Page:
PIMCO Co-Founder Bill GrossBill Gross. (Photo: Bloomberg)

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(Bloomberg) –Even after one of the most storied careers infinancial markets, Bill Gross has a few surprises left.

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For one, he's been diagnosed with Asperger's syndrome, theautism-spectrum disorder.

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Gross says he lived most of his life unaware of the conditionand now believes it helps explain not only why he was such asuccessful investor for so long but also why he could, by his ownadmission, rub people the wrong way.

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Gross, long one of the most vocal critics of post-crisisstimulus, now sounds like a near-convert to modern monetarytheory.

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He says deflation poses a huge challenge for central banks,admires what Japan has done to revive its moribund economy andthinks the U.S. government should consider doubling the size of itsdeficit.

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And the billionaire and registered Republican agrees withDemocratic Rep. Alexandria Ocasio-Cortez that the rich should paymore in taxes — if not quite the 70 percent she's proposing at themargin.

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It's a “necessary evil” to correct the failings of Americancapitalism, Gross says, adding that if inequality persists there'llbe a “revolution at the ballot box.”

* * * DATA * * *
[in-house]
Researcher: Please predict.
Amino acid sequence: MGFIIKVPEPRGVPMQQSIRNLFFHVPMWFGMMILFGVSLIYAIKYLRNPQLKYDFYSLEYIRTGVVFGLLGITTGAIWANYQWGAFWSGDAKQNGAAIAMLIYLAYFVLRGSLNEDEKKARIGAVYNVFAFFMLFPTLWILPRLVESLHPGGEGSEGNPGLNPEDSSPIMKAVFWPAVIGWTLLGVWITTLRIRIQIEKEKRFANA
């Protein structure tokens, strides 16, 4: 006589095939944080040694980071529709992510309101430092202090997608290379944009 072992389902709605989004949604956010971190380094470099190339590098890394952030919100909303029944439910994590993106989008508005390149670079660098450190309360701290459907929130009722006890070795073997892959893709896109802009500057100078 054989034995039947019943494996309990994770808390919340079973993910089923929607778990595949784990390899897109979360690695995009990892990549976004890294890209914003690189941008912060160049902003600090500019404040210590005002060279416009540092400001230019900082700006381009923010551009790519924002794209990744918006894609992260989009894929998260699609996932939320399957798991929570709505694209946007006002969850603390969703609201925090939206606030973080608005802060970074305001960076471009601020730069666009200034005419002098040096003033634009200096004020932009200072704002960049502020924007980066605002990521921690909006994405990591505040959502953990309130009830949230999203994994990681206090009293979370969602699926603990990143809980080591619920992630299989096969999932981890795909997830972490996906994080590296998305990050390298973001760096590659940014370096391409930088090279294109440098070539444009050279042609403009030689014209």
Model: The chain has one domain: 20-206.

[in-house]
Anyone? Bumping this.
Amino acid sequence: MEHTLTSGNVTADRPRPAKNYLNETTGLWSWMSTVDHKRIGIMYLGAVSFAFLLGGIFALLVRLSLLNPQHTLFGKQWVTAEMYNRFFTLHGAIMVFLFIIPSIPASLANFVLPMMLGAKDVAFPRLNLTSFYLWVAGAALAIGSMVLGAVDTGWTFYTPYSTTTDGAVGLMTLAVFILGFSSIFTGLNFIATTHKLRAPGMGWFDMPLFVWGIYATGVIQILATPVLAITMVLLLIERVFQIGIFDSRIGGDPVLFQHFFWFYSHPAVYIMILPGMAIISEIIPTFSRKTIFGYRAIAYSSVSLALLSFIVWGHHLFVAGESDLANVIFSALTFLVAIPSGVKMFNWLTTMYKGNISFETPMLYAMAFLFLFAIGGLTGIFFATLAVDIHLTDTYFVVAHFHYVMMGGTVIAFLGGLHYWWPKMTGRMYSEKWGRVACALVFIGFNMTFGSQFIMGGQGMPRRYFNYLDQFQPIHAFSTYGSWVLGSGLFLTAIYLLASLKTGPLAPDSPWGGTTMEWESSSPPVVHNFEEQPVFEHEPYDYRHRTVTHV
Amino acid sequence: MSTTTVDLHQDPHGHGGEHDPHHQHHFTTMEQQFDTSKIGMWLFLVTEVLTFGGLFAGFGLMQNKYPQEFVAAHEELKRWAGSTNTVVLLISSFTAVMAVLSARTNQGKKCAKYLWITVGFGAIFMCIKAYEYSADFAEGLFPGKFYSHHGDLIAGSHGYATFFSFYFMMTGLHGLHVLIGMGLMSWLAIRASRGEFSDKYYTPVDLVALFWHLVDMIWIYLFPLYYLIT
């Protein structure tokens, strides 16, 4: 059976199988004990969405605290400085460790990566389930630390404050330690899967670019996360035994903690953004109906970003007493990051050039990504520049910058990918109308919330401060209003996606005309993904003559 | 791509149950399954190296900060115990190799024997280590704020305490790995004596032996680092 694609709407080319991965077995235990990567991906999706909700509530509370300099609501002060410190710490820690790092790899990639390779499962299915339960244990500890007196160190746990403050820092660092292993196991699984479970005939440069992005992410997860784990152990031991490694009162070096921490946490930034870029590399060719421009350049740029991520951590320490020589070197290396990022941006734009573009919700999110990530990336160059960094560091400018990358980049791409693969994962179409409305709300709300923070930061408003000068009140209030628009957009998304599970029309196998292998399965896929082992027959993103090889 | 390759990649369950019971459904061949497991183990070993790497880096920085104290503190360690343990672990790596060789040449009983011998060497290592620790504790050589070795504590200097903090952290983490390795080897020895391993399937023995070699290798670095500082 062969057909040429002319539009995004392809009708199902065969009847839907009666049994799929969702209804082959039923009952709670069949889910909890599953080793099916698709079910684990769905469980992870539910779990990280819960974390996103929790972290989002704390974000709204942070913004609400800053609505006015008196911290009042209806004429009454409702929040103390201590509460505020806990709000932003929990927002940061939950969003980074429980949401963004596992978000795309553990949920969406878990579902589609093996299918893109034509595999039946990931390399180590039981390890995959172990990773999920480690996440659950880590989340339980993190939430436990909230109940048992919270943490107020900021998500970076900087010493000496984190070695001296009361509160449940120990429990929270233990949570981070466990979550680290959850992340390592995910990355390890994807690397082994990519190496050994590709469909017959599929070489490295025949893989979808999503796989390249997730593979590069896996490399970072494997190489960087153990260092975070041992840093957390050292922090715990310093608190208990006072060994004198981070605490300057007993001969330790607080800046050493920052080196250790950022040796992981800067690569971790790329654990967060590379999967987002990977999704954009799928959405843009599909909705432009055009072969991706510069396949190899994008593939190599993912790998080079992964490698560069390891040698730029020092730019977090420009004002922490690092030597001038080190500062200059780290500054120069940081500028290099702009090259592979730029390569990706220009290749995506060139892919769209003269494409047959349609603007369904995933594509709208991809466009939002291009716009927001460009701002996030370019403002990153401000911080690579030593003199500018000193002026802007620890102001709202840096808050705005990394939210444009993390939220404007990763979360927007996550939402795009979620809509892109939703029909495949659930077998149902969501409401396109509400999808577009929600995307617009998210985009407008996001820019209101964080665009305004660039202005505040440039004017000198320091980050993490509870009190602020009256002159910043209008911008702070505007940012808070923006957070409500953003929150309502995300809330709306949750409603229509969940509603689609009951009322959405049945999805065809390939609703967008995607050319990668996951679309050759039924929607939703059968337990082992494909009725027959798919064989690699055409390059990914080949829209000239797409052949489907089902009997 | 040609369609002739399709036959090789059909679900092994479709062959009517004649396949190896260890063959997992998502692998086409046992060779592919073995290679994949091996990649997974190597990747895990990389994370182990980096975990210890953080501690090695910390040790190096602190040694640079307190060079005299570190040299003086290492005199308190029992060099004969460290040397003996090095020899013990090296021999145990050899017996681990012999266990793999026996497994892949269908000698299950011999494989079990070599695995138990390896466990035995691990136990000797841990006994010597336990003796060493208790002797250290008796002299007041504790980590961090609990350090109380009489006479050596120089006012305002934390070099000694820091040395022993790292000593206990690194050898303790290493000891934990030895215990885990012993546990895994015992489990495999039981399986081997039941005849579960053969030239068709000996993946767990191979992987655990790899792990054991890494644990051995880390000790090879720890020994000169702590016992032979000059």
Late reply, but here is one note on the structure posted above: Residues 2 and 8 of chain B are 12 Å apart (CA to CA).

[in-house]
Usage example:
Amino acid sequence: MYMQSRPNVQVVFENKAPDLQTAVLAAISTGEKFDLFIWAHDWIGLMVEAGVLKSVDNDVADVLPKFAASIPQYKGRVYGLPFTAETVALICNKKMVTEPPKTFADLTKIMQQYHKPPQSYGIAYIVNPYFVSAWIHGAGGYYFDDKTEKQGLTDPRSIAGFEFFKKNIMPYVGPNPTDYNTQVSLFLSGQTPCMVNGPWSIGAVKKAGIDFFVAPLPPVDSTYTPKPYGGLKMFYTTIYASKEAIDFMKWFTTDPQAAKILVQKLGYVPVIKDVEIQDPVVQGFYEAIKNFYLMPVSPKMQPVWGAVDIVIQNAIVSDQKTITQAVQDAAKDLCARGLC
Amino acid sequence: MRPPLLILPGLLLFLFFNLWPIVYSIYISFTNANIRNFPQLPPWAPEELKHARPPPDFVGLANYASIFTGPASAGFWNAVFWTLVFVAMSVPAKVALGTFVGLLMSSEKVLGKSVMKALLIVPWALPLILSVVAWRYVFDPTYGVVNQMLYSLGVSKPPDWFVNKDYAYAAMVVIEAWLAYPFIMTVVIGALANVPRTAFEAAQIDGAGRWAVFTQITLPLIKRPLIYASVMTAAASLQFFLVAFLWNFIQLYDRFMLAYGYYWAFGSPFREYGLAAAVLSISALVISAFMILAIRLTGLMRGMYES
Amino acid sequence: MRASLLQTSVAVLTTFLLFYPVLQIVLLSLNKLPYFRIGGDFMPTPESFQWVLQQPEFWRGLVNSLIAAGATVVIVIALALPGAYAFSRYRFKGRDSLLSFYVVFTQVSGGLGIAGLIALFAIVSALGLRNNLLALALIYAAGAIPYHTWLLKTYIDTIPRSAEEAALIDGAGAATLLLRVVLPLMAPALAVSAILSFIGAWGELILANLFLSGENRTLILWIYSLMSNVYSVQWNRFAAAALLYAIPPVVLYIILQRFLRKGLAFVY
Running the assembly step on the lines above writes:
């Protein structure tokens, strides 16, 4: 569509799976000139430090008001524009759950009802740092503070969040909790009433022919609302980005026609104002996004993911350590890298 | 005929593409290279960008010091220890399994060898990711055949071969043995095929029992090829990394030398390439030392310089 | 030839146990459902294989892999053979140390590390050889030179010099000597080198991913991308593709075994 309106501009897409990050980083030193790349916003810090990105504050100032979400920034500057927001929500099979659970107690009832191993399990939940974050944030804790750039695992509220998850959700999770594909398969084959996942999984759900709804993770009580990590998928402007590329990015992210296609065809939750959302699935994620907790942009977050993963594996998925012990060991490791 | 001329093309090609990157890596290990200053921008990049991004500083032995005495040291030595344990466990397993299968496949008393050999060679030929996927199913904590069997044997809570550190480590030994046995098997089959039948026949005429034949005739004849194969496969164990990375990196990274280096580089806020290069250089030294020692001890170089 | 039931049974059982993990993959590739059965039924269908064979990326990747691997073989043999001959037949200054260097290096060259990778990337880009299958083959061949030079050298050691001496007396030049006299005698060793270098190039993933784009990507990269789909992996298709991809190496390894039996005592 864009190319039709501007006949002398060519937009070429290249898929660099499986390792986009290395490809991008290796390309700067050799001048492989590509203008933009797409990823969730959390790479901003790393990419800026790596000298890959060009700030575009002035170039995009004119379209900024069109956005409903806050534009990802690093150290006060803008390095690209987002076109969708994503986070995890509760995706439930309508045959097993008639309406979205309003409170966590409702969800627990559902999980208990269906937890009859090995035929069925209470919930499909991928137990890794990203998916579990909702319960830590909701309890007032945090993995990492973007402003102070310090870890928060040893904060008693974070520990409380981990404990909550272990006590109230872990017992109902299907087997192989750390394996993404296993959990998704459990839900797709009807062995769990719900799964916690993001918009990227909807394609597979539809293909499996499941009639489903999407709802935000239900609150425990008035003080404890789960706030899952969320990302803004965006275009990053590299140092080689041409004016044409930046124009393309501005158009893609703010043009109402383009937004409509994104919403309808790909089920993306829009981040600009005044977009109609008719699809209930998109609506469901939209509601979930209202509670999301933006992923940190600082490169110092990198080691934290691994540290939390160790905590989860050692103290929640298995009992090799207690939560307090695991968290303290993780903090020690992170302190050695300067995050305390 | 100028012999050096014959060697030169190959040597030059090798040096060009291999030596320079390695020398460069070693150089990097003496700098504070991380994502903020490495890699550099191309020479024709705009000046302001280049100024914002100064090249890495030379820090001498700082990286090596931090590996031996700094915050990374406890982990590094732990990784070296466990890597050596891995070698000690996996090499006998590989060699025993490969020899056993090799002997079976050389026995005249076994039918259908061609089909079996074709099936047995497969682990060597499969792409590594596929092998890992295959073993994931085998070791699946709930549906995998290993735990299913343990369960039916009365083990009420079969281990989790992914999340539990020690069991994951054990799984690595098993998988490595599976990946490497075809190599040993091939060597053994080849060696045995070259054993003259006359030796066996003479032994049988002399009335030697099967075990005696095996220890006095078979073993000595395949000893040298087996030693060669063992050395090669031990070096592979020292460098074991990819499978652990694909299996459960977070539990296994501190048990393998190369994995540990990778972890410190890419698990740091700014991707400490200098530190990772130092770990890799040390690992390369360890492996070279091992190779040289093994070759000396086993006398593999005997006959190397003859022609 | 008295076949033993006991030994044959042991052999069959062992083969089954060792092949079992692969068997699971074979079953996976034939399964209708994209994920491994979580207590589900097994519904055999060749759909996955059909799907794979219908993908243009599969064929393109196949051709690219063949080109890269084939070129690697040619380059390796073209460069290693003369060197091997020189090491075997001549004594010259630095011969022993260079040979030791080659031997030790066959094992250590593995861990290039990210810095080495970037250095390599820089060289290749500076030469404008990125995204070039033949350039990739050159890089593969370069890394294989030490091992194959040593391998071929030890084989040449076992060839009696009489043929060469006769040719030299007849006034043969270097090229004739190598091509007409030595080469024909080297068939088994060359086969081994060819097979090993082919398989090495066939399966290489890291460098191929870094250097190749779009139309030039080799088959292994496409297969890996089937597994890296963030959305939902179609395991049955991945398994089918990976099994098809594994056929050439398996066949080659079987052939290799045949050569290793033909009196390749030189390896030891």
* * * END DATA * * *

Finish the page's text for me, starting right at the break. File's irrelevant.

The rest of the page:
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He even muses on who might inherit his onetime title of king ofthe bond market.

Last day

Gross, 74, shared the revelations in a 90-minute interview withBloomberg Television at his office in Newport Beach, California. Hetouched on everything from recession risks to a recent round ofgolf with discount-brokerage pioneer Chuck Schwab as he counteddown the hours to his official retirement. Today will be his lastas a portfolio manager with Janus Henderson Group Plc, the firm hejoined in 2014.

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It's been 48 years since William Hunt Gross, an Ohio native,Duke University graduate, Navy veteran and blackjack whiz, startedas an investment analyst at Pacific Mutual Life. He went on toco-found Pacific Investment Management Co. in 1974 and played thestarring role as Pimco grew to become one of the world's largestasset managers, overseeing more than $2 trillion at its peak.

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His Pimco Total Return Fund so reliably beat its bond-marketrivals that he was dubbed “the bond king.”

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More recently, Gross has had less to celebrate. After feudingwith his Pimco partners over strategy, succession and managerialcontrol, Gross was ousted in 2014.

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His second act at Janus was a headline-making dud as poorreturns spurred withdrawals. His three-decade marriage fell apartin a split so acrimonious it became fodder for tabloids thousandsof miles away.

'Different universes'

That's a lot for anyone to take, let alone a portfolio managerresponsible for hundreds of millions of dollars in client money.Yet Gross says he was able to maintain focus and doesn't blame hispersonal ordeals for poor investment decisions.

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“I'm an Asperger, and Aspergers can compartmentalize,” he said,revealing his diagnosis publicly for the first time. “They canoperate in different universes without the other universesaffecting them as much. Yeah, I had a nasty divorce, and I stillhad, you know, feelings about Pimco. But I think I did pretty wellin compartmentalizing them. Not that I didn't wake up in the middleof the night and start damning one side or the other. But when Icame to work it was all business.”